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Proposed Rule

Approval And Promulgation of Implementation Plans; Iowa; Clean Air Interstate Rule

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Information about this document as published in the Federal Register.

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Start Preamble

AGENCY:

Environmental Protection Agency (EPA).

ACTION:

Proposed rule.

SUMMARY:

EPA is proposing to approve a revision to the Iowa State Implementation Plan (SIP) submitted on August 15, 2006. This revision addresses the requirements of EPA's Clean Air Interstate Rule (CAIR) promulgated on May 12, 2005, and subsequently revised on April 28, 2006, and December 13, 2006. EPA is proposing to determine that the SIP revision fully implements the CAIR requirements for Iowa. Therefore, as a consequence of the SIP approval, EPA will also withdraw the CAIR Federal Implementation Plans (FIPs) concerning SO2, NOX annual, NOX ozone season emissions for Iowa. The CAIR FIPs for all States in the CAIR region were promulgated on April 28, 2006, and subsequently revised on December 13, 2006.

CAIR requires States to reduce emissions of sulfur dioxide (SO2) and nitrogen oxides (NOX) that significantly contribute to, and interfere with maintenance of, the national ambient air quality standards for fine particulates and/or ozone in any downwind state. CAIR establishes State budgets for SO2 and NOX and requires States to submit SIP revisions that implement these budgets in States that EPA concluded did contribute to nonattainment in downwind states. States have the flexibility to choose which control measures to adopt to achieve the budgets, including participating in the EPA-administered cap-and-trade programs. In the SIP revision that EPA is proposing to approve, Iowa would meet CAIR requirements by participating in the EPA-administered cap-and-trade programs addressing SO2, NOX annual, and NOX ozone season emissions.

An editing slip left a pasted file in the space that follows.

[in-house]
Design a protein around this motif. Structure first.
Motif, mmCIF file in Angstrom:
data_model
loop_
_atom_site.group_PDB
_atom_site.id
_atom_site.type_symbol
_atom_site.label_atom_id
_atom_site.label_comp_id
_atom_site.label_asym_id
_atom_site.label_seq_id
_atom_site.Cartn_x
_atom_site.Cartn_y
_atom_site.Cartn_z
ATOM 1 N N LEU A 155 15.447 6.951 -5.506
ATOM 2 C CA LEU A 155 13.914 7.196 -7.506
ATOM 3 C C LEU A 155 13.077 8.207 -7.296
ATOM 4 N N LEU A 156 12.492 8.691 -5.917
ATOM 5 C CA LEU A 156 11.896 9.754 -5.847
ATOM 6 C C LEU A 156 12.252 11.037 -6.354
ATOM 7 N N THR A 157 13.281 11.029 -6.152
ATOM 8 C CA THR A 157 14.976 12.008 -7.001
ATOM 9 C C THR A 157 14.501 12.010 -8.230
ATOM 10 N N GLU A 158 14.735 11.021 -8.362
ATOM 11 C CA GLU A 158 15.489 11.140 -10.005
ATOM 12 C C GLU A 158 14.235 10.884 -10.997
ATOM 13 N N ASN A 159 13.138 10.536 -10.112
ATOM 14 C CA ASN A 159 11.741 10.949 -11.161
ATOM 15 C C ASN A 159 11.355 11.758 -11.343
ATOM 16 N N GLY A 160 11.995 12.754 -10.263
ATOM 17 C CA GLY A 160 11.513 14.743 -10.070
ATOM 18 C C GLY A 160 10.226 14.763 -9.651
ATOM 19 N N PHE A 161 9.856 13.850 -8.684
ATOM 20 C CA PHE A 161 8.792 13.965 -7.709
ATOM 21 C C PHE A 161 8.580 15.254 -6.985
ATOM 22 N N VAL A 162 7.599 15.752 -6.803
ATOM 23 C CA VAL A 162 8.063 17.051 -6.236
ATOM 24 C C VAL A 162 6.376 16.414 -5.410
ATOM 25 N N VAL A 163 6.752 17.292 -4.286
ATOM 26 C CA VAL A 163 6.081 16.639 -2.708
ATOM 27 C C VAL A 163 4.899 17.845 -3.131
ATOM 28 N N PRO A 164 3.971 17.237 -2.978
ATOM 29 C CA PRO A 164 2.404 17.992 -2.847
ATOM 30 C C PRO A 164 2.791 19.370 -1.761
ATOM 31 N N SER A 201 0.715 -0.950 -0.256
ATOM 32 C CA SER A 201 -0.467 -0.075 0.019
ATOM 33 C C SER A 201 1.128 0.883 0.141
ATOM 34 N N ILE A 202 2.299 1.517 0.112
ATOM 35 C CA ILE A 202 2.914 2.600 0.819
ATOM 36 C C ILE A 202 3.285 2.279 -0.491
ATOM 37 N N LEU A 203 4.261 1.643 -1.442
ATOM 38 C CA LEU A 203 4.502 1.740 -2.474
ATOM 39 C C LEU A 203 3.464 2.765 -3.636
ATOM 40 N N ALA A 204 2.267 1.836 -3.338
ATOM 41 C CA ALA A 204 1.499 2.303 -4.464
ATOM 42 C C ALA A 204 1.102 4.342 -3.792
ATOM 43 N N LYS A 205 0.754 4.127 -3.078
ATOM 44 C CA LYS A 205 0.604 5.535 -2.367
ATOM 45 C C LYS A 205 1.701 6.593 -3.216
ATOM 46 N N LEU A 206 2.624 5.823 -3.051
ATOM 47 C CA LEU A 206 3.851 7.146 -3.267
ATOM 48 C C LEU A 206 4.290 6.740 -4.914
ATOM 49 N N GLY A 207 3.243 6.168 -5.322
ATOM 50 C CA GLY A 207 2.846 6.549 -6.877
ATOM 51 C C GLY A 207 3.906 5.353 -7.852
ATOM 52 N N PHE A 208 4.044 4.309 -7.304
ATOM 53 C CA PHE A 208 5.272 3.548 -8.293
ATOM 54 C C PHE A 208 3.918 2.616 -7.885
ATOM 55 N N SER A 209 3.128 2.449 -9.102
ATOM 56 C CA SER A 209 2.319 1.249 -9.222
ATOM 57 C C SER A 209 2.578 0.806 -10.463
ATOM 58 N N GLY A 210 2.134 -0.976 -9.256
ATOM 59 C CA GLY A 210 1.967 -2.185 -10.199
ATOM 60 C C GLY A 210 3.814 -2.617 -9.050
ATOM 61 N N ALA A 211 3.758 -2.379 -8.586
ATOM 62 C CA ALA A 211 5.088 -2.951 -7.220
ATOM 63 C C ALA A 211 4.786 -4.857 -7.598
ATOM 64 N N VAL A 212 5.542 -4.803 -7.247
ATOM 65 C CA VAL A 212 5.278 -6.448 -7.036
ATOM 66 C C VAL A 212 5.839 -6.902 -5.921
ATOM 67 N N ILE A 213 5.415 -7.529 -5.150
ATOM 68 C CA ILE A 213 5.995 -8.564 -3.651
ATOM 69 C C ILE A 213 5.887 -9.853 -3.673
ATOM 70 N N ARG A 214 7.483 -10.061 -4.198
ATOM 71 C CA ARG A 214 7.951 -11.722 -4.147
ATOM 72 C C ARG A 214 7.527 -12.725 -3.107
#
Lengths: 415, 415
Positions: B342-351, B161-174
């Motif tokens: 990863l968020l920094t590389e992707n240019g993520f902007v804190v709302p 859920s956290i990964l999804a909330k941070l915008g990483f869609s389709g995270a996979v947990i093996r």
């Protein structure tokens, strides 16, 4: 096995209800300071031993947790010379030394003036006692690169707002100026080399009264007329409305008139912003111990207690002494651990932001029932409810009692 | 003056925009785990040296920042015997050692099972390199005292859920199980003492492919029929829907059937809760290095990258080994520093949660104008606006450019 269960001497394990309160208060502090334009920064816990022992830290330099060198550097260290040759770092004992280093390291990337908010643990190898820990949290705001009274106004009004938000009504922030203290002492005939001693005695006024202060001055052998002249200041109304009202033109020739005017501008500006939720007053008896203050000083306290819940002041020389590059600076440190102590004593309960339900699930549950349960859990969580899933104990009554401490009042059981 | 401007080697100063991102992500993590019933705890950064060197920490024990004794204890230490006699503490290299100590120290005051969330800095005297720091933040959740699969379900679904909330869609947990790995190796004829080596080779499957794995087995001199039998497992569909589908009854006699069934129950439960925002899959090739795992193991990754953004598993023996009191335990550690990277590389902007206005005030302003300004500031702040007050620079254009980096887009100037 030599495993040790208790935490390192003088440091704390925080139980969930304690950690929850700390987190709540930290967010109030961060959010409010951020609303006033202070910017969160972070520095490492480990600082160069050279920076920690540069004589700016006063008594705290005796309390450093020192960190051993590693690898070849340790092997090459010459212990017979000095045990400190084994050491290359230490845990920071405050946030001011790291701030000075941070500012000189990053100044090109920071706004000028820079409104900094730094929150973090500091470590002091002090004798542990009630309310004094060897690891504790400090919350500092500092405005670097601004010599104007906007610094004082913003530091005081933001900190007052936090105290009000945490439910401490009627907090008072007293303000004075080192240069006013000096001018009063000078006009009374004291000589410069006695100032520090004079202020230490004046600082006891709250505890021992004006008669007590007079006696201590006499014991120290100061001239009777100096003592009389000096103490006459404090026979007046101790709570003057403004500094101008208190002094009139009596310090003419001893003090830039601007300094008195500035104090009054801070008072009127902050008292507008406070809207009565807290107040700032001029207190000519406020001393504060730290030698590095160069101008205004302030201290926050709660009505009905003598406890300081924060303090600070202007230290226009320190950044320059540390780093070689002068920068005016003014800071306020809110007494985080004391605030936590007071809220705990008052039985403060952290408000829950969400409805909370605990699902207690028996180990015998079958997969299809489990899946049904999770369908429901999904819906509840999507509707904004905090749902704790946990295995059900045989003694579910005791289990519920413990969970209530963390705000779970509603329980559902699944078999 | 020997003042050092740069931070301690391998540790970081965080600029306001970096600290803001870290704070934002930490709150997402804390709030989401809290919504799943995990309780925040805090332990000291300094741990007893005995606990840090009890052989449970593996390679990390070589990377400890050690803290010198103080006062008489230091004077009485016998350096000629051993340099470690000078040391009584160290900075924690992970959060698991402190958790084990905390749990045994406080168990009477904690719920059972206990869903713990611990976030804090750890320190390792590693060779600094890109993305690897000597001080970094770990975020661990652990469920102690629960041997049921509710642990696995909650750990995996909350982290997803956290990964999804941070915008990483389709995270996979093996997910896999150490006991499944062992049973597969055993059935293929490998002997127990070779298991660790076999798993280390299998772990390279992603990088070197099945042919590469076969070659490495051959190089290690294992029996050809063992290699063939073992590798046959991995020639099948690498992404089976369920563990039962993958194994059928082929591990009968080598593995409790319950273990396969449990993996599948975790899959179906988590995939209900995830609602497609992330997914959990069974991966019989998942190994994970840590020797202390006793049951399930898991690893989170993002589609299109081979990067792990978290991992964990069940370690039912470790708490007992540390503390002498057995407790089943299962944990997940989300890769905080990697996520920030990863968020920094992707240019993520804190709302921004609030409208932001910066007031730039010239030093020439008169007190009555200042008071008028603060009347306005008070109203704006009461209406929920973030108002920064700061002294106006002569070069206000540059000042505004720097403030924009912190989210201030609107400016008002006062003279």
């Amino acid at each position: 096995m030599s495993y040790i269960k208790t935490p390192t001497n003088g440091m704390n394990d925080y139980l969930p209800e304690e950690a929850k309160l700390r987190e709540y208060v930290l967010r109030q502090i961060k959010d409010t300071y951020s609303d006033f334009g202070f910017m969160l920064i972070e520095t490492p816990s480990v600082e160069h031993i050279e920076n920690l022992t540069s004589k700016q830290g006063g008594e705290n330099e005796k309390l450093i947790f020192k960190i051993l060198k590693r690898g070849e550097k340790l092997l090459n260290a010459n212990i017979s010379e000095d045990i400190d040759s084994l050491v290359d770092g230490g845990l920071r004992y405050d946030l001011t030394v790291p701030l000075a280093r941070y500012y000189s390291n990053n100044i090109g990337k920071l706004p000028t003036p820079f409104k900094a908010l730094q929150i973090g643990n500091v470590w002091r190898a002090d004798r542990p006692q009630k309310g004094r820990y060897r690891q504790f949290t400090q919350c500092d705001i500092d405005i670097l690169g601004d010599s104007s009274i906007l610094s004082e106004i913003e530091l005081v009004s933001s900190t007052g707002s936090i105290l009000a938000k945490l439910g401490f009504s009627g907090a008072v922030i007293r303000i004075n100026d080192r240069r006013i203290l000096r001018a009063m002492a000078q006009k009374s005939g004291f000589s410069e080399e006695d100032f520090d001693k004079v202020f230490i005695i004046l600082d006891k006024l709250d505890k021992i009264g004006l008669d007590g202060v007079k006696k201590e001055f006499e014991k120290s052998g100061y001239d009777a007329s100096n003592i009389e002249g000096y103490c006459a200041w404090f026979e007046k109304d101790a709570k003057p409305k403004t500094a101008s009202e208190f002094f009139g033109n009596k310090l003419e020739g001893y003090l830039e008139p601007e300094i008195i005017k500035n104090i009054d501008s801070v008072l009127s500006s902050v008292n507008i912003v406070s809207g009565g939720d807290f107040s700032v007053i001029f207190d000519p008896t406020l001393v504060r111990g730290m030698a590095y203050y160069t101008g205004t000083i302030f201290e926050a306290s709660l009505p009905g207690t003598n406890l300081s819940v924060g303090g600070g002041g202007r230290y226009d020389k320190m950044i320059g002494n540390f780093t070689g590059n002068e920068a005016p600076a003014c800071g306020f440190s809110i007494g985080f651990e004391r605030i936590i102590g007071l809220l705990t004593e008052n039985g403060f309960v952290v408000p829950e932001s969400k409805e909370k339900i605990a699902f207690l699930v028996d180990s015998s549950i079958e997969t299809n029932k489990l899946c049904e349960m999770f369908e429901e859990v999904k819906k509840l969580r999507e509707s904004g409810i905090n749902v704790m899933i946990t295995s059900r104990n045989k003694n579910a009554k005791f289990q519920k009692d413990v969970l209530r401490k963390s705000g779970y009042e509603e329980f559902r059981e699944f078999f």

DATES:

Comments must be received on or before June 7, 2007.

ADDRESSES:

Submit your comments, identified by Docket ID No. EPA-R07-OAR-2007-0347, by one of the following methods:

1. http://www.regulations.gov: Follow the on-line instructions for submitting comments.

2. E-mail: jay.michael@epa.gov.

3. Mail: Michael Jay, Environmental Protection Agency, Air Planning and Development Branch, 901 North 5th Street, Kansas City, Kansas 66101.

4. Hand Delivery or Courier: Deliver your comments to: Michael Jay, Environmental Protection Agency, Air Planning and Development Branch, 901 North 5th Street, Kansas City, Kansas 66101. Such deliveries are only accepted during the Regional Office's normal hours of operation. The Regional Office's official hours of business are Monday through Friday, 8 a.m. to 4:30 p.m., excluding Federal holidays.

Instructions: Direct your comments to Docket ID No. EPA-R07-OAR-2007-0347. EPA's policy is that all comments received will be included in the public docket without change and may be made available online at http://www.regulations.gov, including any personal information provided, unless the comment includes information claimed to be Confidential Business Information (CBI) or other information whose disclosure is restricted by statute. Do not submit through http://www.regulations.gov or e-mail, Start Printed Page 26041information that you consider to be CBI or otherwise protected. The http://www.regulations.gov Web site is an “anonymous access” system, which means EPA will not know your identity or contact information unless you provide it in the body of your comment. If you send an e-mail comment directly to EPA without going through http://www.regulations.gov, your e-mail address will be automatically captured and included as part of the comment that is placed in the public docket and made available on the Internet. If you submit an electronic comment, EPA recommends that you include your name and other contact information in the body of your comment and with any disk or CD-ROM you submit. If EPA cannot read your comment due to technical difficulties and cannot contact you for clarification, EPA may not be able to consider your comment. Electronic files should avoid the use of special characters and any form of encryption and should be free of any defects or viruses.